The most dangerous form of skin cancer, these cancerous growths develop when unrepaired DNA damage to skin cells (most often caused by ultraviolet radiation from sunshine or tanning beds) triggers mutations (genetic defects) that lead the skin cells to multiply rapidly and form malignant tumors. These tumors originate in the pigment-producing melanocytes in the basal layer of the epidermis. Melanomas often resemble moles; some develop from moles. The majority of melanomas are black or brown, but they can also be skin-colored, pink, red, purple, blue or white. Melanoma is caused mainly by intense, occasional UV exposure (frequently leading to sunburn), especially in those who are genetically predisposed to the disease. Melanoma kills an estimated 8,790 people in the US annually.
If melanoma is recognized and treated early, it is almost always curable, but if it is not, the cancer can advance and spread to other parts of the body, where it becomes hard to treat and can be fatal. While it is not the most common of the skin cancers, it causes the most deaths.
Heredity plays a major role in melanoma. About one in every 10 patients diagnosed with the disease has a family member with a history of melanoma.
It is always recommended using a sunscreen with an SPF 15 or higher as one important part of a complete sun protection regimen. Sunscreen alone is not enough, however. Full list of skin cancer prevention tips:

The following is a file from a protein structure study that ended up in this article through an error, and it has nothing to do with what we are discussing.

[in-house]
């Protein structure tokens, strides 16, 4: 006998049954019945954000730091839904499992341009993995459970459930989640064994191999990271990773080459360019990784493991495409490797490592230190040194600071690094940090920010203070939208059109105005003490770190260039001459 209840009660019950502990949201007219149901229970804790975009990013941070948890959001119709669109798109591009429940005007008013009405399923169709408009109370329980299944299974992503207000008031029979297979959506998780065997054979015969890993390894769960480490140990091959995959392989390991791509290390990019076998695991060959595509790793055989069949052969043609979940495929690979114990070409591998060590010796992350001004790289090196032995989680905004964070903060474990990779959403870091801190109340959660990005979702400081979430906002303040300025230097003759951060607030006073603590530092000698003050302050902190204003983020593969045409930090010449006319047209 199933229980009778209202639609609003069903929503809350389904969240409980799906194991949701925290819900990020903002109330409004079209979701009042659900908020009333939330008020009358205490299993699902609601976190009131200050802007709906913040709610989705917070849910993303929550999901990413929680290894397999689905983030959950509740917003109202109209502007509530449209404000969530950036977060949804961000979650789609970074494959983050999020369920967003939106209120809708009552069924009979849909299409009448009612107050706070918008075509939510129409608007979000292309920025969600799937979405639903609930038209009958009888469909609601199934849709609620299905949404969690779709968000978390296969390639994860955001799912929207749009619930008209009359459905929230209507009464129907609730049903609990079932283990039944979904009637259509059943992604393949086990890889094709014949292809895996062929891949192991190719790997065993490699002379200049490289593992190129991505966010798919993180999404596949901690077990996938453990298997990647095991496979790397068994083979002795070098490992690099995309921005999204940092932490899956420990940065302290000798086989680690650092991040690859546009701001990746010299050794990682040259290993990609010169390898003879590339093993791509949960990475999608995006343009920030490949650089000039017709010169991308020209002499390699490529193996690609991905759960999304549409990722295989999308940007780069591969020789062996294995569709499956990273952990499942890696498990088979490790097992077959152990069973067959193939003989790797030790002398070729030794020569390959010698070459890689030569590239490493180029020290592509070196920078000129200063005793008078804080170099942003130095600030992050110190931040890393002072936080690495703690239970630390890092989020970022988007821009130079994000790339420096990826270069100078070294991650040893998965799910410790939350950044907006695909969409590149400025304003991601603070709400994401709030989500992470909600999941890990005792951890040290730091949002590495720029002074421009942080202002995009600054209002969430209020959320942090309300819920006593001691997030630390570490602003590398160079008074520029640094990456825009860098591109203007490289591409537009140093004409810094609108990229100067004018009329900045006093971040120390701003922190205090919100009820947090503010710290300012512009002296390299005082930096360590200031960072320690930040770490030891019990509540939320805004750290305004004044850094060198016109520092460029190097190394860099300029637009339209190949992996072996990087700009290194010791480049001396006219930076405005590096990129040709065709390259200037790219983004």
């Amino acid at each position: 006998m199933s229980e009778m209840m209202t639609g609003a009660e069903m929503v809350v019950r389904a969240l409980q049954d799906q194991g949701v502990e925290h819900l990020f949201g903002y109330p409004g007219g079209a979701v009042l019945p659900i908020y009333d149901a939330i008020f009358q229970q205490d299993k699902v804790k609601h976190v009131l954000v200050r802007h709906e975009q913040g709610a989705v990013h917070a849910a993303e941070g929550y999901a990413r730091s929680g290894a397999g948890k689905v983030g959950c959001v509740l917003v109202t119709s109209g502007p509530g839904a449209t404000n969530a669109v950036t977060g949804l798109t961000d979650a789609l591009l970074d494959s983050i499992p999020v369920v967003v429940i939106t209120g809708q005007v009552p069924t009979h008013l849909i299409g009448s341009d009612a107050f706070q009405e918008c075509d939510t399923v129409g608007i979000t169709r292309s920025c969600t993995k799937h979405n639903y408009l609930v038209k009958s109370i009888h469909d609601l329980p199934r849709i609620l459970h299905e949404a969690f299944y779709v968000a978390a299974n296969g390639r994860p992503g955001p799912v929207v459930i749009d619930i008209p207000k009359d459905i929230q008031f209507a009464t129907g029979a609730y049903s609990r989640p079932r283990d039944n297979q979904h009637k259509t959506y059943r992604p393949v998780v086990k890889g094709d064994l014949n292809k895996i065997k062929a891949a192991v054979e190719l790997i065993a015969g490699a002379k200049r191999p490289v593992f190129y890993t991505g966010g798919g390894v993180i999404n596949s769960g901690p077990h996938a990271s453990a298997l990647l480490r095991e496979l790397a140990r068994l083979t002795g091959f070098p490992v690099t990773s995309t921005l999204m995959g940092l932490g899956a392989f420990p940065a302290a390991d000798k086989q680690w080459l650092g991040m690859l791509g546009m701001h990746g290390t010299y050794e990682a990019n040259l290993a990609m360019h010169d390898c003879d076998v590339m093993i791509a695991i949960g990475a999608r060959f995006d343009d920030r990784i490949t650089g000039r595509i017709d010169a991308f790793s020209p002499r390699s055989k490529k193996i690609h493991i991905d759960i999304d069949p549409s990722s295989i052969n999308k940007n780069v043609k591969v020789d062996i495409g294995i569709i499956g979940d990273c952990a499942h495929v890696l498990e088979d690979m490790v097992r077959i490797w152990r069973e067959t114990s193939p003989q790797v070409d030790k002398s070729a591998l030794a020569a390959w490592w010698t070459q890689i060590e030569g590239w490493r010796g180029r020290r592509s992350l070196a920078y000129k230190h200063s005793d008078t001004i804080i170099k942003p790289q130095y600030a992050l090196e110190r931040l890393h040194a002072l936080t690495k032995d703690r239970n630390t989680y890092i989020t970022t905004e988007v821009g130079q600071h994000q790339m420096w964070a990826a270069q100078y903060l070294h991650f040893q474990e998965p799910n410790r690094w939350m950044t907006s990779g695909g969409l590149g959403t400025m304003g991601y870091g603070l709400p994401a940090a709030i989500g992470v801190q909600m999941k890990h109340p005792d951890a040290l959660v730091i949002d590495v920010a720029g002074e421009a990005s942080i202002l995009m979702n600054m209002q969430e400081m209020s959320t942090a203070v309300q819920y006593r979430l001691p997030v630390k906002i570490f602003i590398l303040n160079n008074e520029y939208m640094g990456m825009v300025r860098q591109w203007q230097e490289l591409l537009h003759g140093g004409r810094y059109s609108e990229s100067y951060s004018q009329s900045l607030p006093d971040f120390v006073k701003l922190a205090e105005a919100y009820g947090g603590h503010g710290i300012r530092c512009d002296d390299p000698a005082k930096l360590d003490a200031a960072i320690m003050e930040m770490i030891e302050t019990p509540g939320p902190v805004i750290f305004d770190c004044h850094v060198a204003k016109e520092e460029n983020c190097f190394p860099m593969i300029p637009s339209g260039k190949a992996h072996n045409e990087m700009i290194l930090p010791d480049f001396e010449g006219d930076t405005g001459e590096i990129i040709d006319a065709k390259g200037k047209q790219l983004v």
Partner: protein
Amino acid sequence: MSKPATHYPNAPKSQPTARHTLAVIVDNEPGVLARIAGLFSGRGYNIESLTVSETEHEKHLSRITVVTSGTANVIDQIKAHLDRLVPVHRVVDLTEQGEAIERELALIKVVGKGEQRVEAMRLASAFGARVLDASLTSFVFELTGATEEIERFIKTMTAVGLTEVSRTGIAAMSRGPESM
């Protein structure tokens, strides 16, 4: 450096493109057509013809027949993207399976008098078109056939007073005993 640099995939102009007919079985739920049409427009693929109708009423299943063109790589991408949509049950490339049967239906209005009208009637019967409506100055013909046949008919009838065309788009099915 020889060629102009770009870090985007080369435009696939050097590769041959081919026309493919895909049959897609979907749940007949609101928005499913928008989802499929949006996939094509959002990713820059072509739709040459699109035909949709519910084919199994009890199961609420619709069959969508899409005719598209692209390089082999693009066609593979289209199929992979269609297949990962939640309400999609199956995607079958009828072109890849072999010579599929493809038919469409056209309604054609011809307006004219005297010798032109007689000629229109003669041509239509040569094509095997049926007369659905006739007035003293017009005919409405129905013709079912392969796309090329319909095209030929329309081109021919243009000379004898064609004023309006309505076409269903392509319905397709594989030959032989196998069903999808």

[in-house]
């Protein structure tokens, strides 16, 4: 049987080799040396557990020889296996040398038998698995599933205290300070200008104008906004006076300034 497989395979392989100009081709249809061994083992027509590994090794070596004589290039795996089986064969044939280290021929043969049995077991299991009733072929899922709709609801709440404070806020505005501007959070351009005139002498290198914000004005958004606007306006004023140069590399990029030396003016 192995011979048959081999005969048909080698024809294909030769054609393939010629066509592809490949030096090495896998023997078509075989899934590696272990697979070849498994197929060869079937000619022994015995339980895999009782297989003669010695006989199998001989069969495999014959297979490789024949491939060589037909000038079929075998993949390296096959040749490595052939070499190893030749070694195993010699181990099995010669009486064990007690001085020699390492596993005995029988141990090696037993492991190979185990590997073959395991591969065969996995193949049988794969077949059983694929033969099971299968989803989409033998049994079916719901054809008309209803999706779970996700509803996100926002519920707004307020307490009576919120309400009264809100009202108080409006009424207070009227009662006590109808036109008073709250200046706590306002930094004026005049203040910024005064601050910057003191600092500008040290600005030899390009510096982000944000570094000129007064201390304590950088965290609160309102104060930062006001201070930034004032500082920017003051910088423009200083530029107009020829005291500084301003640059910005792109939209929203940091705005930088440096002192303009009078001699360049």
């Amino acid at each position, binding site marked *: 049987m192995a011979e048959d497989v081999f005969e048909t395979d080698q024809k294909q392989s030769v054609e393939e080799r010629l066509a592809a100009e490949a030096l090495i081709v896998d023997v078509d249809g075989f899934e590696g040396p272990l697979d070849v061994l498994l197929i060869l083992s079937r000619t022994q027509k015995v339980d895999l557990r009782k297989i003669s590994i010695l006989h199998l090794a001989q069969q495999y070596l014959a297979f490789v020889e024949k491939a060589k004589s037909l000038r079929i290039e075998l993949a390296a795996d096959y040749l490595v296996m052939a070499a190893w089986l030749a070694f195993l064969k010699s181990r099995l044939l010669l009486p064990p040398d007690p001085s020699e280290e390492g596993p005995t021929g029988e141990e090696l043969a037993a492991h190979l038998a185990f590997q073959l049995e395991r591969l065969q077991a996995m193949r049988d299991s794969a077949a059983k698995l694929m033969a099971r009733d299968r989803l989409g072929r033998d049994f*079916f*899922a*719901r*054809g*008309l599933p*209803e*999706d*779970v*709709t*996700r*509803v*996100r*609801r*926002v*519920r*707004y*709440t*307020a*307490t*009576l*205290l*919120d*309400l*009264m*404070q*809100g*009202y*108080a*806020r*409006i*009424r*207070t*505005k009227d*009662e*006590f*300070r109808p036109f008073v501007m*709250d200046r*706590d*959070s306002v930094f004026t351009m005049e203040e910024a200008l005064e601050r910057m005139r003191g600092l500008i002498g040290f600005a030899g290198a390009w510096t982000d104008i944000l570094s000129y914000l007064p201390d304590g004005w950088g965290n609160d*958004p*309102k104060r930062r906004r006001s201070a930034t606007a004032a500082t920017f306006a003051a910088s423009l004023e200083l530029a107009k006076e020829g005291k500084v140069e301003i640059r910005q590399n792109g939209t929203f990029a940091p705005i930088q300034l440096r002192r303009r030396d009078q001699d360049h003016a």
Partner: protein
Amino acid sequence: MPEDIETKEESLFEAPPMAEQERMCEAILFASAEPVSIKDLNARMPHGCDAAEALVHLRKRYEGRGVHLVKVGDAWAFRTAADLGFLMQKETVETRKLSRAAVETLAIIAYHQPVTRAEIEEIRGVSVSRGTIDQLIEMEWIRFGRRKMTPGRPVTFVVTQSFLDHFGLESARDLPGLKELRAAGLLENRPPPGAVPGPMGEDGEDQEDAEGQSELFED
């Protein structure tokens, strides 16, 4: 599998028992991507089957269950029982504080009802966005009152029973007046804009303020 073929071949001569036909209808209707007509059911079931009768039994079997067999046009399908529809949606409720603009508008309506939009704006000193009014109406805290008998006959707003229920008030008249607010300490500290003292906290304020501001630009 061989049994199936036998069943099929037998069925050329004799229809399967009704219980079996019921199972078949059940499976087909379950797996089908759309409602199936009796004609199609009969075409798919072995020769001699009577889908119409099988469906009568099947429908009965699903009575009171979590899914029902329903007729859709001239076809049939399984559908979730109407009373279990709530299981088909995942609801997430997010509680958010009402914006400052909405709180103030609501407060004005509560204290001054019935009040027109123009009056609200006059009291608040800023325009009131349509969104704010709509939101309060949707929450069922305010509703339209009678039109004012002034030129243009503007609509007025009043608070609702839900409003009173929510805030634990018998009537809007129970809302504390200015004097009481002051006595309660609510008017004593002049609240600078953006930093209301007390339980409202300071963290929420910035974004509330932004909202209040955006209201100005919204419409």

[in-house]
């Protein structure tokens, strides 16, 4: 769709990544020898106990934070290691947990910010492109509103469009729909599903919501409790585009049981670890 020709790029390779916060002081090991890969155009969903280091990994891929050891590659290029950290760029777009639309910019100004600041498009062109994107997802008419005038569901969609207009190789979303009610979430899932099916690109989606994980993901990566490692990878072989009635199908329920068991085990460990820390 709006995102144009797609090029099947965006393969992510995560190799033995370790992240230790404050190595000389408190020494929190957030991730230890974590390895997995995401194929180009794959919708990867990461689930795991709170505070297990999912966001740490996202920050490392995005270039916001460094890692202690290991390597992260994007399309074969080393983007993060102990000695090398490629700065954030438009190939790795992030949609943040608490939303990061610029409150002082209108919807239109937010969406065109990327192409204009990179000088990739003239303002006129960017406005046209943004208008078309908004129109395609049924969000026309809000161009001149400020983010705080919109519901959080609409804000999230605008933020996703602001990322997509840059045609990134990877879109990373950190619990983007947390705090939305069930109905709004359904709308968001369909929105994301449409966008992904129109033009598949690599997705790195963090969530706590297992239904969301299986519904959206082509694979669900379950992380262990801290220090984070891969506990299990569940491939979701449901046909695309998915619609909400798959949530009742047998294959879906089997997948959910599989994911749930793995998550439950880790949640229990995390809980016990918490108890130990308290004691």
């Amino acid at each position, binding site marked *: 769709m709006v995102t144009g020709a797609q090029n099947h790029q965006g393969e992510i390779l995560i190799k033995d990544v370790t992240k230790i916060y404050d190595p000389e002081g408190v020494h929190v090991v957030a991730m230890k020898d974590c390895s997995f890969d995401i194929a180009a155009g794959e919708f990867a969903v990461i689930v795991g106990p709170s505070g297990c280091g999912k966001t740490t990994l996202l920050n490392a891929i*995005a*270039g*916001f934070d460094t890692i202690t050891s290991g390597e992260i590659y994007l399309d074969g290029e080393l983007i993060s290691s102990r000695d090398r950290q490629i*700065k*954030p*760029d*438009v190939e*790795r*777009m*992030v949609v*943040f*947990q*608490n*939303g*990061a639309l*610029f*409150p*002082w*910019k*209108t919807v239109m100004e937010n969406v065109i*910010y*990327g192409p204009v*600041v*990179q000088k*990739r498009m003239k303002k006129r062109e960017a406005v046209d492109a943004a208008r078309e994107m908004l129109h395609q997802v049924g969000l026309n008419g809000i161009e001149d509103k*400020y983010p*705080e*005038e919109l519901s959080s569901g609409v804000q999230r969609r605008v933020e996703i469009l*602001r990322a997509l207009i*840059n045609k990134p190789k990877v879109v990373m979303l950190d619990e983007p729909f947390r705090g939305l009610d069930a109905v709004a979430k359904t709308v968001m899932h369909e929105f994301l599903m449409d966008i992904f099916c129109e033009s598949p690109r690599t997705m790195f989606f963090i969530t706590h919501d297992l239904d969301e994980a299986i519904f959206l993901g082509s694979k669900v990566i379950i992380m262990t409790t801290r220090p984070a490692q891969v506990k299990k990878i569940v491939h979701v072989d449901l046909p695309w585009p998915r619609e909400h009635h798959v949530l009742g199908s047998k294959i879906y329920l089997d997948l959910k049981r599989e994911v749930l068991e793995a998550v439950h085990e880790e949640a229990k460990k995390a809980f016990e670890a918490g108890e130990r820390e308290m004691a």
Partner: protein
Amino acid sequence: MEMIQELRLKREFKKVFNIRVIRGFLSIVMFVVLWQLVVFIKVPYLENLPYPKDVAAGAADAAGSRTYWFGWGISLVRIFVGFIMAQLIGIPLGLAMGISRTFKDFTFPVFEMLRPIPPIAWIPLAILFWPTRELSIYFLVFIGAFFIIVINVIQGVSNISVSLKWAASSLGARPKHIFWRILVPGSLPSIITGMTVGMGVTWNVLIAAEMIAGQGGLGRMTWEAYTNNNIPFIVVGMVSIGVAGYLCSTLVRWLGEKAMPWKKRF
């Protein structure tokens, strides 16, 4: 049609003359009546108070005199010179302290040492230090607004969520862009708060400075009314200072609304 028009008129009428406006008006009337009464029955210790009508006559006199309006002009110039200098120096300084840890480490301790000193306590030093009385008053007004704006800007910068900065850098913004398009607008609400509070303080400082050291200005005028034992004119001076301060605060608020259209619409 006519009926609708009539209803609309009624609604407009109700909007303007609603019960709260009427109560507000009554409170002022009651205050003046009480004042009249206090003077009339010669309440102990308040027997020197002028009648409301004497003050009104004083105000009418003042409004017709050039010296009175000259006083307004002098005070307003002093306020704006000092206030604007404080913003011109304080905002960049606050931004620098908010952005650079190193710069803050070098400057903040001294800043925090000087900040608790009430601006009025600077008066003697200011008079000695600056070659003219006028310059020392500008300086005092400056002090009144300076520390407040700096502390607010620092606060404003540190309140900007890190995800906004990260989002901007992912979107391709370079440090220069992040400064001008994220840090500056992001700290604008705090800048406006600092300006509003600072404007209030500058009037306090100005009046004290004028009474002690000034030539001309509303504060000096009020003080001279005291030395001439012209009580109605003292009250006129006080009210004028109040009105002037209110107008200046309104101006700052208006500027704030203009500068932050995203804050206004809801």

Seek the shade, especially between 10 AM and 4 PM.
Do not burn.
Avoid tanning and UV tanning booths.
Cover up with clothing, including a broad-brimmed hat and UV-blocking sunglasses.
Use a broad spectrum (UVA/UVB) sunscreen with an SPF of 15 or higher every day. For extended outdoor activity, use a water-resistant, broad spectrum (UVA/UVB)sunscreen with an SPF of 30 or higher.
Apply of sunscreen to your entire body 30 minutes before going outside. Reapply every two hours or immediately after swimming or excessive sweating.
Keep newborns out of the sun. Sunscreens should be used on babies over the age of six months.
Examine your skin head-to-toe every month.
See your physician every year for a professional skin exam.
Warning Signs: The ABCDEs of Melanoma
Moles, brown spots and growths on the skin are usually harmless - but not always. Anyone who has more than 100 moles is at greater risk for melanoma. The first signs can appear in one or more atypical moles. Look for the ABCDE signs of melanoma, and if you see one or more, make an appointment with a physician immediately.
The first step in treatment is the removal of the melanoma, and the standard method of doing this is by surgical excision (cutting it out).
Any change - in size, shape, color, elevation, or another trait, or any new symptom such as bleeding, itching or crusting - points to danger.
Melanomas usually are larger in diameter than the size of the eraser on your pencil (1/4 inch or 6 mm), but they may sometimes be smaller when first detected.
Having a variety of colors is another warning signal. A number of different shades of brown, tan or black could appear. A melanoma may also become red, blue or some other color.
The borders of an early melanoma tend to be uneven. The edges may be scalloped or notched.
A - Asymmetry
If you draw a line through this mole, the two halves will not match.